Chiesa di Santo Sudario

Via Piave 14 angolo via San Domenico, Torino

The Confraternita del Santo Sudario (Confraternity of the most Holy Shroud) was founded in Turin in 1598, twenty years after transferring the Holy Shroud to the new Savoy capital by request of the duke Emanuele Filiberto.
The initial seat of the Confraternity was the church of St. Pietro Curte Ducis, situated between the area of the central marketplace and the Cathedral, not far from the chapel of St. Maria ad presepem, the first temporary sanctuary of the Holy Shroud.

The devotion to the Sacred Linen was already institutionalised in Chambéry in 1506, in Cirié in 1521 and in Rome in 1580 at the Chiesa Nazionale dei Piemontesi (National Church of the Piedmontese) as a signal of the strengthening connection of the Holy Shroud to the Savoy lands south of the Alps.
When the church of S. Pietro was suppressed the Confraternity planned to move to the church of S. Maria di Piazza (1729) but the building had not been left in adequate conditions by the Carmelite friars (who moved to the new convent of the Carmine). In the meantime, however, King Vittorio Amedeo II in 1728 had given the Confraternity a part of the block of St. Isidoro for the construction of a hospital to take care of the mentally ill; the brothers had in fact chosen as their charity to assist the so-called insane, left to themselves and the object of ridicule. Another charity of these brothers was the education of the daughters of fallen soldiers.

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To overcome the limited space of the chapel inside the new hospital, in 1732 the adjacent lot was bought to build an oratory for the Confraternity and the patients, with no access from the street, however.
In 1734 the architectural project by the engineer Mazzone was chosen in a competition: it was a simple single nave with bevelled corners and a narrower presbytery on which the choir-stalls faced each other. The Venetian trompe-l’oeil painter Pietro Alzeri and the fresco painter Michele Antonio Milocco were commissioned to create the decorations, to whom the following works of art were attributed: the Trasfigurazione (The transfiguration) on the vault of the nave and the complex trompe-l’oeil on the wall at the end of the presbytery with the altarpiece of the Vergine, il Beato Amedeo IX di Savoia, la Sindone e l’Eterno in gloria (Virgin, the blessed Amedeo IX of Savoy, the Holy Shroud and Eternity in Glory).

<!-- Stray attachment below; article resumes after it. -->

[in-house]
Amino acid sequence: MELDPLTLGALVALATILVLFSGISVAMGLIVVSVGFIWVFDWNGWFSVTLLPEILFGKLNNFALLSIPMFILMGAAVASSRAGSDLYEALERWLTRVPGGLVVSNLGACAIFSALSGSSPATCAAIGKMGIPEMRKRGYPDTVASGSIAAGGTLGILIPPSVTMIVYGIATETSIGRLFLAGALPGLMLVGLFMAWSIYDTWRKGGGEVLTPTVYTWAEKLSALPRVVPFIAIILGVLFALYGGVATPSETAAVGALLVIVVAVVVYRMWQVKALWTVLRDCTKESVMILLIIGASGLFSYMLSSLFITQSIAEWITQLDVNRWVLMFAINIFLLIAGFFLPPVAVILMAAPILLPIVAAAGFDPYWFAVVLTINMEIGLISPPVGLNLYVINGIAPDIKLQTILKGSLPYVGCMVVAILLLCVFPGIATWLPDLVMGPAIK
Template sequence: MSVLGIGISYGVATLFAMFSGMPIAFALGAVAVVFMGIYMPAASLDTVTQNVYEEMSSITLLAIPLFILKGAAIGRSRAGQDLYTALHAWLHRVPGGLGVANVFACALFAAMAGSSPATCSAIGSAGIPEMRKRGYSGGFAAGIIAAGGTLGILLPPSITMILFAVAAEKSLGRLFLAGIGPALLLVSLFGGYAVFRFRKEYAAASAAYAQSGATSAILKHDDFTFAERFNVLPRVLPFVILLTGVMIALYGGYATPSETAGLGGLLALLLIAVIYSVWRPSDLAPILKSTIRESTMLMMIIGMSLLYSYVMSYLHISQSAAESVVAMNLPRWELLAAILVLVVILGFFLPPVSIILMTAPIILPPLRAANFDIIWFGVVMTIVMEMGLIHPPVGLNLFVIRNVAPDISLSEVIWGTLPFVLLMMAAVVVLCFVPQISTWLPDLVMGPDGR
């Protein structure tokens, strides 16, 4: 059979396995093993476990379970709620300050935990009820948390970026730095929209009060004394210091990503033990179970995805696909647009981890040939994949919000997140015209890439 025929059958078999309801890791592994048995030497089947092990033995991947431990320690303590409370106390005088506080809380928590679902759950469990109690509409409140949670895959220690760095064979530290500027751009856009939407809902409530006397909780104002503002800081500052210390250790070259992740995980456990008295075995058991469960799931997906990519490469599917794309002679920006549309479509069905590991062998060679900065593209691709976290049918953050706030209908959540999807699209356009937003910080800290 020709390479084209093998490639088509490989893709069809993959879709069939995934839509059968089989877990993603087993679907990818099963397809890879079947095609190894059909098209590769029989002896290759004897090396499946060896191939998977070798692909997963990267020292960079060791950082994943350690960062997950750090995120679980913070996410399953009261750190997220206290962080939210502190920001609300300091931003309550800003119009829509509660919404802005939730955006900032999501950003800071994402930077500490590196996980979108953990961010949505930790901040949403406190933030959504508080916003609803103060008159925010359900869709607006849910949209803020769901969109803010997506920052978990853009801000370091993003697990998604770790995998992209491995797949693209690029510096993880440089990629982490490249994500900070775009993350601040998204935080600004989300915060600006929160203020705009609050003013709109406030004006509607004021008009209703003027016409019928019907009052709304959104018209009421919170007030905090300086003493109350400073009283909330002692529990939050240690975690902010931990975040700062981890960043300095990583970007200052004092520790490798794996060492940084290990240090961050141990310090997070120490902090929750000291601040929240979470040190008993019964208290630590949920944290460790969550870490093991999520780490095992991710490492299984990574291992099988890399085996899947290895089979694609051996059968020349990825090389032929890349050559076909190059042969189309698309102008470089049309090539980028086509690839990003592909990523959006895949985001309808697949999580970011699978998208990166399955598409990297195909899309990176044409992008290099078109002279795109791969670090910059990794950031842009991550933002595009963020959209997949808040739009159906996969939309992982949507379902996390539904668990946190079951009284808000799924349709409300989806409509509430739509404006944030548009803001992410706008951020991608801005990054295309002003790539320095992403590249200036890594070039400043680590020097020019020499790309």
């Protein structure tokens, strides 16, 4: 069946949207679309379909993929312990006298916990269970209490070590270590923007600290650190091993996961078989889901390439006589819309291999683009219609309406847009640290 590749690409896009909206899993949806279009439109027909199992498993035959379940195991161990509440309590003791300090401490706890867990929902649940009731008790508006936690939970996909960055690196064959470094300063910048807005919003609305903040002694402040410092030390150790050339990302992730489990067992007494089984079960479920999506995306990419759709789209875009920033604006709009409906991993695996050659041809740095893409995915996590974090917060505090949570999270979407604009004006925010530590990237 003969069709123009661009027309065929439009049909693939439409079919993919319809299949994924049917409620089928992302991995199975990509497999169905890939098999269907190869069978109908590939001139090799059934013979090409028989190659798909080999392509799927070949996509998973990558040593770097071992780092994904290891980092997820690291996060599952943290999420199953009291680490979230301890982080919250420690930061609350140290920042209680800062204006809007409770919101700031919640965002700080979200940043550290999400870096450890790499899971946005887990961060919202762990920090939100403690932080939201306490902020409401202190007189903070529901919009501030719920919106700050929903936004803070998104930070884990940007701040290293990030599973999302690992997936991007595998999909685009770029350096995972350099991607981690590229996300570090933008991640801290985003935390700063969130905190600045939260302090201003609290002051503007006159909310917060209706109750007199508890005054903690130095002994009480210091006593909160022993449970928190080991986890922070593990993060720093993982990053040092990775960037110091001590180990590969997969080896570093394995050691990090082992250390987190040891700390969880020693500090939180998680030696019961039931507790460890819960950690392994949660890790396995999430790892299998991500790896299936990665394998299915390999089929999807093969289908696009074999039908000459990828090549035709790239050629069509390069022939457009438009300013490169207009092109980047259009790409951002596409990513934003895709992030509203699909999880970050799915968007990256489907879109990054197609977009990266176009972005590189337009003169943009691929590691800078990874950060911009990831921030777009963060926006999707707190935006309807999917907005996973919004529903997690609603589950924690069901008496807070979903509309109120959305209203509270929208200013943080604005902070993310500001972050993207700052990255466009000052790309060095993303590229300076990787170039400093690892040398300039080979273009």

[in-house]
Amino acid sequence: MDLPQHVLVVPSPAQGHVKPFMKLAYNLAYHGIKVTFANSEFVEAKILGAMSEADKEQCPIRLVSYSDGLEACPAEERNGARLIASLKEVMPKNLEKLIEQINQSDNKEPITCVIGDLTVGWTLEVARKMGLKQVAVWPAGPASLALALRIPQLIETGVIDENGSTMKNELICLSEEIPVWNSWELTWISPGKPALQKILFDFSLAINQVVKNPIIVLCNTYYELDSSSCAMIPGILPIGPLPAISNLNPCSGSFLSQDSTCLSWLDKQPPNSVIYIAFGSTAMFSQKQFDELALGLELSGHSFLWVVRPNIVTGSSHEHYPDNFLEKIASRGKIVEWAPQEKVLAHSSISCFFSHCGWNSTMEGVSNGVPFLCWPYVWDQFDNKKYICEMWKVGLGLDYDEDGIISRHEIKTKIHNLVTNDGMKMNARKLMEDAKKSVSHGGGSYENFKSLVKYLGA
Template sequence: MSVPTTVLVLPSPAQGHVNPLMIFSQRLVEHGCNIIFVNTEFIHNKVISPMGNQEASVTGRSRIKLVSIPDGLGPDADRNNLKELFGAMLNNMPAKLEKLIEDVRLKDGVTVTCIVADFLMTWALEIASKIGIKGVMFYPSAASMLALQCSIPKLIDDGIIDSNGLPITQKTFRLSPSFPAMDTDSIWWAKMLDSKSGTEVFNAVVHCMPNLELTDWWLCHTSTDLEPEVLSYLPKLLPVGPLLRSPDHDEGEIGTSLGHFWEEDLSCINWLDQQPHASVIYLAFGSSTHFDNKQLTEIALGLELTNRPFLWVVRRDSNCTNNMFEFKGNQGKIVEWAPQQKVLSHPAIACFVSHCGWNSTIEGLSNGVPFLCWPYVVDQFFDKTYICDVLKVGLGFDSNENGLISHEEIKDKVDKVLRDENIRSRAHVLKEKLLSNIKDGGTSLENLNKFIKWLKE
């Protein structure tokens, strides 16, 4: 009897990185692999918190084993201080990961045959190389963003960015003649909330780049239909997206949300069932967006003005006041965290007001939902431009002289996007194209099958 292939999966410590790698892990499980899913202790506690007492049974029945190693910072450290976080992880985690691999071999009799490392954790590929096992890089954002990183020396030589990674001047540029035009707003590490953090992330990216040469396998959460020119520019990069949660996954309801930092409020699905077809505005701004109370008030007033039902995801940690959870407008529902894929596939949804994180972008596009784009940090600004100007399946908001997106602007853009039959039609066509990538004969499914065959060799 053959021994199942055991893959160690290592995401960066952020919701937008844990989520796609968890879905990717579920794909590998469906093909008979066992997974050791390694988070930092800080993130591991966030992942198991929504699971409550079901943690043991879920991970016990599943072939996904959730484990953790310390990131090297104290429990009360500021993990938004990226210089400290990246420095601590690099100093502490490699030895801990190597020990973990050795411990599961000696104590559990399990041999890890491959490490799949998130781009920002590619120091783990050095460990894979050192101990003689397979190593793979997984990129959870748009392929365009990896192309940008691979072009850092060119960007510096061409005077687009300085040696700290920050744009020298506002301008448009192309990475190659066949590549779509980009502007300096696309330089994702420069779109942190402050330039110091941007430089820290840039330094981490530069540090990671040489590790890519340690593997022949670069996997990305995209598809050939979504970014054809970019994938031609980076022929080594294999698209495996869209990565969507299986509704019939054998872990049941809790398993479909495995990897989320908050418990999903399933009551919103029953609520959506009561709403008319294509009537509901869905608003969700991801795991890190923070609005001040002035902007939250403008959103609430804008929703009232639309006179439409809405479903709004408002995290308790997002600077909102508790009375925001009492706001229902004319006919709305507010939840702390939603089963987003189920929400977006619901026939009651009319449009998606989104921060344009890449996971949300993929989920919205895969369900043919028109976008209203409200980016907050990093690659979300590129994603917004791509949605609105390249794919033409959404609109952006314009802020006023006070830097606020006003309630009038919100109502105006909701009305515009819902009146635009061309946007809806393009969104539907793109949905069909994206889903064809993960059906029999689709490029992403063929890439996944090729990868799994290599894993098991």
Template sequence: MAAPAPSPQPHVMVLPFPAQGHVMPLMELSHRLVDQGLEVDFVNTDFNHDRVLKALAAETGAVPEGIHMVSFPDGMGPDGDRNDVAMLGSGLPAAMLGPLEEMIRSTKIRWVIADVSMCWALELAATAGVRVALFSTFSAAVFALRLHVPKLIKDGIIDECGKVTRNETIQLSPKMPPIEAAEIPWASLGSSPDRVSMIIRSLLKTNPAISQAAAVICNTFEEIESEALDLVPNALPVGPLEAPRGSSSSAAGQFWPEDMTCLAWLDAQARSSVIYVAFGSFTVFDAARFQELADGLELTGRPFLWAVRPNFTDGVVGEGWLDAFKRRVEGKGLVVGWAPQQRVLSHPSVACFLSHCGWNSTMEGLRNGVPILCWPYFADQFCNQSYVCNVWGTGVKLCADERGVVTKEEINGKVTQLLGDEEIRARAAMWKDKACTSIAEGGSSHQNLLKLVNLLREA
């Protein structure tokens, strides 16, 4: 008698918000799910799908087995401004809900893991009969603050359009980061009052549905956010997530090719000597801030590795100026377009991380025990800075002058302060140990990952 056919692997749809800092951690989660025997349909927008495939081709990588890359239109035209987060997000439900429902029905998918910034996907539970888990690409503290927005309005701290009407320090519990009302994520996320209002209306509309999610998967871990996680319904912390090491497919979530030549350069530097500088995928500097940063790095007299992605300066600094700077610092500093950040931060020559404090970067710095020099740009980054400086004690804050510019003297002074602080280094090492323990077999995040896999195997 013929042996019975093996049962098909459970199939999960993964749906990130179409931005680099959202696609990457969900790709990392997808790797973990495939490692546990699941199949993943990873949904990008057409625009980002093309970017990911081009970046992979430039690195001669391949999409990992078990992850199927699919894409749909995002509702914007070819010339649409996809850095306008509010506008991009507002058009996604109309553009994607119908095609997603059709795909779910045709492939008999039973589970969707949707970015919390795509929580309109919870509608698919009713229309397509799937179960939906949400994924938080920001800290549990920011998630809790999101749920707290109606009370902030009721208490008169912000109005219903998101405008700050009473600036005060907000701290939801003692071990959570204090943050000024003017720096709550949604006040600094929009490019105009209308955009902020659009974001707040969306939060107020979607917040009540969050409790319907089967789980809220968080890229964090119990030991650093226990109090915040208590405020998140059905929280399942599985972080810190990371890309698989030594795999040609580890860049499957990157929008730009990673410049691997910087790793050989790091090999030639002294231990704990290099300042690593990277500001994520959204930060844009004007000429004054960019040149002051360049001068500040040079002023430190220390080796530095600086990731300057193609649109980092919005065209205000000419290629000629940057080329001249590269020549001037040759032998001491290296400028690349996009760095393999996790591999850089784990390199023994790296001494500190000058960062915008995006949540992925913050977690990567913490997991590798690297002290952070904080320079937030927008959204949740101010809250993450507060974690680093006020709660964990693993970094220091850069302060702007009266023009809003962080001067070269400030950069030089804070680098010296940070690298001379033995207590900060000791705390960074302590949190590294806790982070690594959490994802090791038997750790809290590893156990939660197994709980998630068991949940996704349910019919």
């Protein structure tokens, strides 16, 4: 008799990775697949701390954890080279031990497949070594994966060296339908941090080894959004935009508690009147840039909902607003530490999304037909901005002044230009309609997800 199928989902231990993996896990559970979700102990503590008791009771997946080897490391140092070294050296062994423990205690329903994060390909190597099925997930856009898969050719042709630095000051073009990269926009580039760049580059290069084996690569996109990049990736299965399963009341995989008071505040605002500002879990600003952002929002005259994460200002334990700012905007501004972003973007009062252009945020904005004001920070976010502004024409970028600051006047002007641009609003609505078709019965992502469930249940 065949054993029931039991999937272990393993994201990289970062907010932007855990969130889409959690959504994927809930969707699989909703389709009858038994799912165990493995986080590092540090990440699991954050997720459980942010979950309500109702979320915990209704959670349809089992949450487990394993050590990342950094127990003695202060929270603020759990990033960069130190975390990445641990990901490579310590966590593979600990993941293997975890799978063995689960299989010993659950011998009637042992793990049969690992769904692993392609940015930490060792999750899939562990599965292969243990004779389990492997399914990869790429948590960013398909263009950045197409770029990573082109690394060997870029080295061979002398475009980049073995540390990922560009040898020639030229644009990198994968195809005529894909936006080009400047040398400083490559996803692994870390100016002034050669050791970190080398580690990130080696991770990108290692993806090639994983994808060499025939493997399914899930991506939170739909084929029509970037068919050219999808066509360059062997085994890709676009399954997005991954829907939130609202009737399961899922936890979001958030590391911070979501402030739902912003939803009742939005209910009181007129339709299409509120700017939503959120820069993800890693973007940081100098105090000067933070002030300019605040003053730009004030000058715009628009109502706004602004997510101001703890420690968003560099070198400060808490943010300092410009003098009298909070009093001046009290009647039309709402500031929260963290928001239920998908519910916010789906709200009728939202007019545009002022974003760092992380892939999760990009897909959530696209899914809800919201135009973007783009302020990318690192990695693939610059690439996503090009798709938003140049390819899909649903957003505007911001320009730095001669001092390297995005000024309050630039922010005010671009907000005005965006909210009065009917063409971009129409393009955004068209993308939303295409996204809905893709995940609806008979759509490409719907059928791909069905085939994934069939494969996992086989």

In 1764 the oratory, devoid of the Confraternity, was opened to outside worshippers. The façade was then built, structured on two orders, probably inspired by the XVII century façade of Sainte-Chapelle of Chambéry (a project traditionally attributed to Giovanni Battista Bona); between 1766 and 1770 the bell-tower was erected.

In 1801 the Confraternity was suppressed and the furnishings of the church were lost or disposed of (among which the altar dated 1765, currently at the parish church of Barbania); only in 1821 was the oratory reopened, and at the end of the XIX century it was restore and completed with furnishings by the architect Angelo Reycend (new altars of the Addolorata and St. Giuseppe); the restorations of the paintings were directed by Enrico Reffo. In the meantime (1823-1834) a new hospital for the mentally ill was built by Giuseppe Maria Talucchi in the nearby block of S. Eligio. Today at the end of the presbytery there is a photographic copy of the Holy Shroud in the frame used for the expositions of 1931 and 1933.
In the rooms annexed to the oratory the Museum of the Shroud was opened in 1971 upon the initiative of the Centro Internazionale di Sindonologia (International Centre of Sindonology) founded in 1959 to promote and document the scientific and historical research of the Sacred Linen. Besides the testimonies related to the expositions of the Holy Shroud and the activities of the Confraternity, it also preserves some important findings such as the case in which the Shroud was brought here in 1578, the camera and the original plates of the photographs of Secondo Pia and G. Enrie (1898). It also has a rich collection of documentation related to the more recent studies, a library and a newspaper library.

Texts by the Guarino Guarini association

Photographs by Andrea Guermani for FCSP – © all rights reserved